The Mesoproterozoic Svinsaga Formation (SF) in central Telemark, South Norway, was unconformably deposited after ca. 1.347 Ga on the quartz arenite of the upper member of the Brattefjell Formation (UB), which is part of the Vindeggen Group. The unconformity is marked by a fracture zone a few meters thick developed in the UB quartz arenite. The lower part of the fracture zone, which contains sparse and closed fractures, and microfractures, grades upwards into a system of wider and mostly random oriented fractures and fracture patterns. The fractures are filled with mudstone. The fracture zone is overlain by several meters of in situ SF breccia, in which the fragments consist solely of the UB quartz arenite. The in situ breccia gradually grades into a basal breccia and clast- or matrix-supported conglomerates. The SF conglomerate beds contain solitary quartz arenite fragments and blocks up to 9.0 m3 that were derived from the UB. The fractures, fracture patterns, and microfractures in the UB quartz arenite and shattered quartz arenite fragments in the in situ SF breccia are ascribed to in situ fracturing, brecciation, and the accumulation of slightly moved blocks in a cold climate. The characteristics of the fractures and fracture patterns indicate rapid freezing and volumetric expansion. Because the paleotopography is not known, the origin of the breccia zone cannot be reliably established, but it most likely represents an ancient debris-mantled slope or blockslope accumulation. Some of the fragments in the breccia zone are slightly rotated and tilted, probably due to periglacial frost-heaving and mass-wasting processes. Chemical solution features around quartz arenite clasts are attributed to cold-climate chemical weathering. Observations suggest that the contact zone between the UB and the SF was affected by cryogenic weathering in a periglacial environment during the Mesoproterozoic. The block accumulation affected sedimentation patterns of the overlying SF, which was deposited by later alluvial processes. This study supports the idea that the unconformities and associated deposits record valuable information about the paleoclimate and paleosedimentology of the time.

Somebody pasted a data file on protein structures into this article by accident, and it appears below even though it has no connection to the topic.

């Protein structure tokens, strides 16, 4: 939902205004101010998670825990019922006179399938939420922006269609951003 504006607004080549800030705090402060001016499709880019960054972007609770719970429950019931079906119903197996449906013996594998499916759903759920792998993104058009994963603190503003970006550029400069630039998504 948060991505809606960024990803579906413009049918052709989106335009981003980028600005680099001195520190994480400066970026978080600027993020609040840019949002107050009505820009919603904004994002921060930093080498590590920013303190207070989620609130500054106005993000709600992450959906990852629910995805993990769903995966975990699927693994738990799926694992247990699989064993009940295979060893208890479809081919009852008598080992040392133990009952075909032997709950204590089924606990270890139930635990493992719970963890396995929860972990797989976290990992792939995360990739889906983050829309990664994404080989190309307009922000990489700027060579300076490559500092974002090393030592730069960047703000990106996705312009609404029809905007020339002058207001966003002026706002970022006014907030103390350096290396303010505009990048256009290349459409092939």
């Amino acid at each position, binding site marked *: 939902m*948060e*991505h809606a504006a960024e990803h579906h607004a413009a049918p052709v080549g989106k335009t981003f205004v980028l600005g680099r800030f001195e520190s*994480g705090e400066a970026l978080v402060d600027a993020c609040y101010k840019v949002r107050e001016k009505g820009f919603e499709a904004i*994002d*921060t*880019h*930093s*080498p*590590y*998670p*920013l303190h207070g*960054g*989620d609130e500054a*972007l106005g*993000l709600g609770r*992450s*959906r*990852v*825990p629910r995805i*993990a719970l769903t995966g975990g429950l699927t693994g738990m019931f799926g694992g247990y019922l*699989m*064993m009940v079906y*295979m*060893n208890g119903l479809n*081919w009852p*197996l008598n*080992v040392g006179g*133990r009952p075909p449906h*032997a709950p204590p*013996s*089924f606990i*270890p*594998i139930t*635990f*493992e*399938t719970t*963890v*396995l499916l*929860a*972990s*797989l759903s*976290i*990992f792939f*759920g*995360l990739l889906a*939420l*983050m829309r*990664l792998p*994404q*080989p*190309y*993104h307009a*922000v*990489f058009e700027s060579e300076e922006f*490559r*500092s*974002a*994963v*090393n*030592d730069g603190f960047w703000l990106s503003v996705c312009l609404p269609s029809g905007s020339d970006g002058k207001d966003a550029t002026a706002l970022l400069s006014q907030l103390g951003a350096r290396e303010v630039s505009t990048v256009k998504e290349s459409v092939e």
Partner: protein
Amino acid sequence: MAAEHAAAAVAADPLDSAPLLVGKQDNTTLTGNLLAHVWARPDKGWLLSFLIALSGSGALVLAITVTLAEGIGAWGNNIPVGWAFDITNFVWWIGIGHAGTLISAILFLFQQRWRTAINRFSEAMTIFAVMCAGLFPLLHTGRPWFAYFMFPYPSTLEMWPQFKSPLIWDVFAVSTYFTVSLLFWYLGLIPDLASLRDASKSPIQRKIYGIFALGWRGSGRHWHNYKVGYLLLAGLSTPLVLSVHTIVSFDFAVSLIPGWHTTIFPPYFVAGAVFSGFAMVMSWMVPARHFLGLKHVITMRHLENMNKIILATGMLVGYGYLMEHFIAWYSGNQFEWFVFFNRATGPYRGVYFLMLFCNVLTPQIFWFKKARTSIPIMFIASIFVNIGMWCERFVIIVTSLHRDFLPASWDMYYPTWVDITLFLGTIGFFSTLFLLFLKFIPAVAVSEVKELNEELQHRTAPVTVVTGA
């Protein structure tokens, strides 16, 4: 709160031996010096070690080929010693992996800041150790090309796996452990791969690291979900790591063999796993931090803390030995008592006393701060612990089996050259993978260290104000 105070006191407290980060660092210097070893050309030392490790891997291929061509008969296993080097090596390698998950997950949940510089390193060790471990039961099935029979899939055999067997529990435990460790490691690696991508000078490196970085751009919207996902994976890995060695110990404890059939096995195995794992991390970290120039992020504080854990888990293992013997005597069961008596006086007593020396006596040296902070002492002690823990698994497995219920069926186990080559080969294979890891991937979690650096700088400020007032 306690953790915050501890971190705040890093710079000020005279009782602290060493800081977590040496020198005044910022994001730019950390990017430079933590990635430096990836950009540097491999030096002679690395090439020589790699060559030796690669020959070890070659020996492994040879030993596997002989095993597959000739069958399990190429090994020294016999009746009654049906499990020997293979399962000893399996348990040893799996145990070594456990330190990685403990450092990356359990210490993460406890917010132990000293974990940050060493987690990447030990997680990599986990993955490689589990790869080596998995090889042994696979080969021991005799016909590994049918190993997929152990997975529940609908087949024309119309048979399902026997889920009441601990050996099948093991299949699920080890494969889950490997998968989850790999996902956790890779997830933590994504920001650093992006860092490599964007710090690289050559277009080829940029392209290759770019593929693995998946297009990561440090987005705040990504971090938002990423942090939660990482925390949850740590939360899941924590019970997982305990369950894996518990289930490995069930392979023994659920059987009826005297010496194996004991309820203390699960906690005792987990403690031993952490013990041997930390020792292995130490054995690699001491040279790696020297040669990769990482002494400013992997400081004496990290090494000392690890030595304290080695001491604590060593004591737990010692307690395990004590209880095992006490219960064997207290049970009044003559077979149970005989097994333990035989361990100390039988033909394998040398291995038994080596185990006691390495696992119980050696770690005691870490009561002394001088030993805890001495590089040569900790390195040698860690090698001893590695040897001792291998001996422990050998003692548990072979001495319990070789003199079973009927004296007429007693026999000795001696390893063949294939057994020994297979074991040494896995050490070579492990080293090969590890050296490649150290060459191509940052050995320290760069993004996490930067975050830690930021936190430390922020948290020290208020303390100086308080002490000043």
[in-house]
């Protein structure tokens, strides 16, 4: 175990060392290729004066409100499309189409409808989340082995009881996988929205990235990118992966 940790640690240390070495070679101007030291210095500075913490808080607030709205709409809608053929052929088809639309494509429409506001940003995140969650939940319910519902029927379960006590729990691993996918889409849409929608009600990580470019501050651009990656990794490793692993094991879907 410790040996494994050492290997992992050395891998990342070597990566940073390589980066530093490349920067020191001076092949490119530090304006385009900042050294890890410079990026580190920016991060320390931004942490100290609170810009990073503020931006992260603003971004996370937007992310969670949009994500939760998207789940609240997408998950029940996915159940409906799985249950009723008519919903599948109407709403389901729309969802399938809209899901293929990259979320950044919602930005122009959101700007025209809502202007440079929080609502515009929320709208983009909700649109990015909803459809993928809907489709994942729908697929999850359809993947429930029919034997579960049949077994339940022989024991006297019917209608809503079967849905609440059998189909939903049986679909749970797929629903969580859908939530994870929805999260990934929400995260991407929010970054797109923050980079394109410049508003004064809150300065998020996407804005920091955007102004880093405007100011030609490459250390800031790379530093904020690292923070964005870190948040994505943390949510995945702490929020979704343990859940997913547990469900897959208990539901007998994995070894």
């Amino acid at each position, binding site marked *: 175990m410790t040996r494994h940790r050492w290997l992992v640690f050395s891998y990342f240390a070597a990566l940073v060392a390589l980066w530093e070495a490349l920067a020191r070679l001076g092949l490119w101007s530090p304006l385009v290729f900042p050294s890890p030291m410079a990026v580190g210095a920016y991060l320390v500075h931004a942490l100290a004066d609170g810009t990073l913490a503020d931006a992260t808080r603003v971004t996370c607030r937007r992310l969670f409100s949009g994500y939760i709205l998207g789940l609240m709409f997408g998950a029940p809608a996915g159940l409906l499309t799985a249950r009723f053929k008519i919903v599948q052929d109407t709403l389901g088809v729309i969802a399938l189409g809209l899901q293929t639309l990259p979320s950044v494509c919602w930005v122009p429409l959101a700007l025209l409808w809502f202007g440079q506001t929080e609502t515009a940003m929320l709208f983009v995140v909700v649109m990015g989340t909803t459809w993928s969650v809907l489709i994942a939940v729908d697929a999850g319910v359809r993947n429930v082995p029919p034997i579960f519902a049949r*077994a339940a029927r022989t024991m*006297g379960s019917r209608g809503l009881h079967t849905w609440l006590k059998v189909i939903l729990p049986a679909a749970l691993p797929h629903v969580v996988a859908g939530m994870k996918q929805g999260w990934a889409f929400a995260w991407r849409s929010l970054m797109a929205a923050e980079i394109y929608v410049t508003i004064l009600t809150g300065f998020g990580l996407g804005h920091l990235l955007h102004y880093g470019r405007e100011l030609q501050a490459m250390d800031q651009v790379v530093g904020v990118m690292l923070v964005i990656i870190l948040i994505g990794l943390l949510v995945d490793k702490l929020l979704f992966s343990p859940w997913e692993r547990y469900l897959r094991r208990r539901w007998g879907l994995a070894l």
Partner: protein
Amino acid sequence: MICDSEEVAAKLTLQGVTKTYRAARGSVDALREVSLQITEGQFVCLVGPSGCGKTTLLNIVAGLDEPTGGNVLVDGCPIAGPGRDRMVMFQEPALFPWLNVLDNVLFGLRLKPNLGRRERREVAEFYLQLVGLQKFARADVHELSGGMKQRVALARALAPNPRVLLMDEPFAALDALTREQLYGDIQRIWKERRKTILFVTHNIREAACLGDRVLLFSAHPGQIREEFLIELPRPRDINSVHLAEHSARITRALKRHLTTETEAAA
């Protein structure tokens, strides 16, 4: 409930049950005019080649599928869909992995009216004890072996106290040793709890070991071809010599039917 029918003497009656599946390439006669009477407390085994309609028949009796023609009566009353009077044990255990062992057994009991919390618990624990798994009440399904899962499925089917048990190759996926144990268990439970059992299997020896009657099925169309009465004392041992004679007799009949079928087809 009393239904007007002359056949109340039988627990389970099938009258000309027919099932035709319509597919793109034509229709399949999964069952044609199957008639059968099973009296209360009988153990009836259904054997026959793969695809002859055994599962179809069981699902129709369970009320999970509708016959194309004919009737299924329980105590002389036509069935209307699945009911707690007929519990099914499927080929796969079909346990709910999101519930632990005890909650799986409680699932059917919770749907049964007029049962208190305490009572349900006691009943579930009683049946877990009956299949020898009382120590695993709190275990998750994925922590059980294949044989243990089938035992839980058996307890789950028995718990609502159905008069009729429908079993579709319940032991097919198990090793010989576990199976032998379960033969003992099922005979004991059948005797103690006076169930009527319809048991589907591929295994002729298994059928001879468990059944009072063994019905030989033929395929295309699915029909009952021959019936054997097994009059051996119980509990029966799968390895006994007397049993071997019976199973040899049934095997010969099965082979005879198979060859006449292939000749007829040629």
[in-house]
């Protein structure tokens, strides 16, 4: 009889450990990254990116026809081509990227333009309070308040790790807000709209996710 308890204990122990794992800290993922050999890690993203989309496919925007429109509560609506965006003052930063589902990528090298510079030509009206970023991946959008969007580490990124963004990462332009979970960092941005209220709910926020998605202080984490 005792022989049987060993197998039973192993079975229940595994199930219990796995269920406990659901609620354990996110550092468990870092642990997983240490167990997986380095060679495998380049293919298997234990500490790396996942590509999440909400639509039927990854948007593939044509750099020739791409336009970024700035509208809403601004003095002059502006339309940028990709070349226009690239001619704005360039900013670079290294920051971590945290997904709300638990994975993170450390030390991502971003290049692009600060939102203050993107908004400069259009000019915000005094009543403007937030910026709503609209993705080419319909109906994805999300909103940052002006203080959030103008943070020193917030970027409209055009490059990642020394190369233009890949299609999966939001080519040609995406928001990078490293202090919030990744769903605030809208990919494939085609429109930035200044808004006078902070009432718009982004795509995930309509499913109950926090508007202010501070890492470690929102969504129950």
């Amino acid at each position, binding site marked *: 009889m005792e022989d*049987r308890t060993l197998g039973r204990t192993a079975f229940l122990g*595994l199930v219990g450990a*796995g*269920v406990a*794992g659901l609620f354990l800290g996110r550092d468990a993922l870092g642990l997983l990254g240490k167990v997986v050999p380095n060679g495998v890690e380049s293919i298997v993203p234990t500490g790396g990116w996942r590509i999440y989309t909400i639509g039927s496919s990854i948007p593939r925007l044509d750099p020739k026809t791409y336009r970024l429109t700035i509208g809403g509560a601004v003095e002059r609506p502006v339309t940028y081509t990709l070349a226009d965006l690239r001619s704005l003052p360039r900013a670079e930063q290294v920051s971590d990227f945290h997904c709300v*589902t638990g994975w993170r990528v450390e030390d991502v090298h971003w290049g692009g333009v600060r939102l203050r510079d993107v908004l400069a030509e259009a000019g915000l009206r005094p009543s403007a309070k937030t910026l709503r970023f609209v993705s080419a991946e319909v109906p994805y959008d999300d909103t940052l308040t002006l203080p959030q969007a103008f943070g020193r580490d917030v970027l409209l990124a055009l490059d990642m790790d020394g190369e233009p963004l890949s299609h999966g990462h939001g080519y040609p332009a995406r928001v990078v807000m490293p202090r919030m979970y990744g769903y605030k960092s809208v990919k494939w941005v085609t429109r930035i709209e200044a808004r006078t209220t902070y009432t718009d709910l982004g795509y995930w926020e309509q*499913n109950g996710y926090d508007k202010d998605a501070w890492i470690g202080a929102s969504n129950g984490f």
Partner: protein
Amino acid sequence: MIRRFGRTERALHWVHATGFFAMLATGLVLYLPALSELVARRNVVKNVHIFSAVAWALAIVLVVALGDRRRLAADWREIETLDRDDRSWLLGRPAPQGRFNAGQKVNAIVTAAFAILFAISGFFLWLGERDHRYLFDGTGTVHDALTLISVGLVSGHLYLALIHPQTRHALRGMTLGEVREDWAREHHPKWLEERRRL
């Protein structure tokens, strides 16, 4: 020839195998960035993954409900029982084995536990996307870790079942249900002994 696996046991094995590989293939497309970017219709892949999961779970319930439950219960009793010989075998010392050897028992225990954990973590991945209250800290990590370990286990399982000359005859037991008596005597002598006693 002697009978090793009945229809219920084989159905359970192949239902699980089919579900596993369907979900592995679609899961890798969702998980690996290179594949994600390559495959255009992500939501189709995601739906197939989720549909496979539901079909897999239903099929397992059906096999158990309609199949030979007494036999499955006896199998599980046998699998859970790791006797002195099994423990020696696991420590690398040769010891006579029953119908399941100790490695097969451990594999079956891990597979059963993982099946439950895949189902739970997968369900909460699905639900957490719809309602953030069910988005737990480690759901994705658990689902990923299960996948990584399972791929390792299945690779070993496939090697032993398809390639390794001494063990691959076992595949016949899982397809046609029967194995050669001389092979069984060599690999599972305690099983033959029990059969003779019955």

Mesoproterozoic frost action at the base of the Svinsaga Formation, central Telemark, South Norway